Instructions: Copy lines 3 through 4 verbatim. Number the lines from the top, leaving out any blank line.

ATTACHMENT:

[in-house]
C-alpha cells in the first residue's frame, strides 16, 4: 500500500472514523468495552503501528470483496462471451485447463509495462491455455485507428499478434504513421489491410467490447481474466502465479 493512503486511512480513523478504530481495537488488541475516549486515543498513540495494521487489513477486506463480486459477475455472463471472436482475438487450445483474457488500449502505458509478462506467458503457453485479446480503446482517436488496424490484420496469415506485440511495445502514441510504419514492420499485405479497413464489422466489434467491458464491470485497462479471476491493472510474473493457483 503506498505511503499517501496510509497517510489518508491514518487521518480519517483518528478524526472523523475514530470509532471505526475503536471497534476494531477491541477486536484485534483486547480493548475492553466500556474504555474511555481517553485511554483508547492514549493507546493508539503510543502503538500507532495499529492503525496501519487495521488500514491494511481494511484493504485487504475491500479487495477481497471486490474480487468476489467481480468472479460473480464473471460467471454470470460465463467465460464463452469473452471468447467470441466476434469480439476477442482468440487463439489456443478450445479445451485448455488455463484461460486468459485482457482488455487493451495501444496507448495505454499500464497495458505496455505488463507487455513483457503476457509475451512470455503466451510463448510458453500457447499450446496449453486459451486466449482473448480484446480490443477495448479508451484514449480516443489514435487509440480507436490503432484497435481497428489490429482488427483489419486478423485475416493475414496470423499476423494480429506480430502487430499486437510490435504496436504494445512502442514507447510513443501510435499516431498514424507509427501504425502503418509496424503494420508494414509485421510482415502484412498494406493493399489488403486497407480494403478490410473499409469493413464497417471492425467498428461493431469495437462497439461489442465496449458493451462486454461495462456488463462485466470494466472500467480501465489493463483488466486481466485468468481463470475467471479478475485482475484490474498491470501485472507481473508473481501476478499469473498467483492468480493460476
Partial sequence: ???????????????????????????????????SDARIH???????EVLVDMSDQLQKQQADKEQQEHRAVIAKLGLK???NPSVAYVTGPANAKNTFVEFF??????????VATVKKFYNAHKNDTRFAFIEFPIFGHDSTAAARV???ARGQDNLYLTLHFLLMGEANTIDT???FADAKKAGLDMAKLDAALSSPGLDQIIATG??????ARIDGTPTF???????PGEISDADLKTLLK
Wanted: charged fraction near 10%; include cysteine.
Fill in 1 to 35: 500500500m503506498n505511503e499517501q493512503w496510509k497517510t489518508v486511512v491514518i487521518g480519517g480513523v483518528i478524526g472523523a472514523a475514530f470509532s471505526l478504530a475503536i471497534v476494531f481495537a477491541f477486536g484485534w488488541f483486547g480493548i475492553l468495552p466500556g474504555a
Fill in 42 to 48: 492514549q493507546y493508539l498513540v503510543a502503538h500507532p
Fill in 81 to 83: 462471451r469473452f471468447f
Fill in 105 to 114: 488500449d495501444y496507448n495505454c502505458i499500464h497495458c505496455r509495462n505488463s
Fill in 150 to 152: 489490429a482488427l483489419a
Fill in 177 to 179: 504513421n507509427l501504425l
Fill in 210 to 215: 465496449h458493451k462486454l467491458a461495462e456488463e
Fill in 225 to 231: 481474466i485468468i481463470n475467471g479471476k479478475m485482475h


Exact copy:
Partial sequence: ???????????????????????????????????SDARIH???????EVLVDMSDQLQKQQADKEQQEHRAVIAKLGLK???NPSVAYVTGPANAKNTFVEFF??????????VATVKKFYNAHKNDTRFAFIEFPIFGHDSTAAARV???ARGQDNLYLTLHFLLMGEANTIDT???FADAKKAGLDMAKLDAALSSPGLDQIIATG??????ARIDGTPTF???????PGEISDADLKTLLK
Wanted: charged fraction near 10%; include cysteine.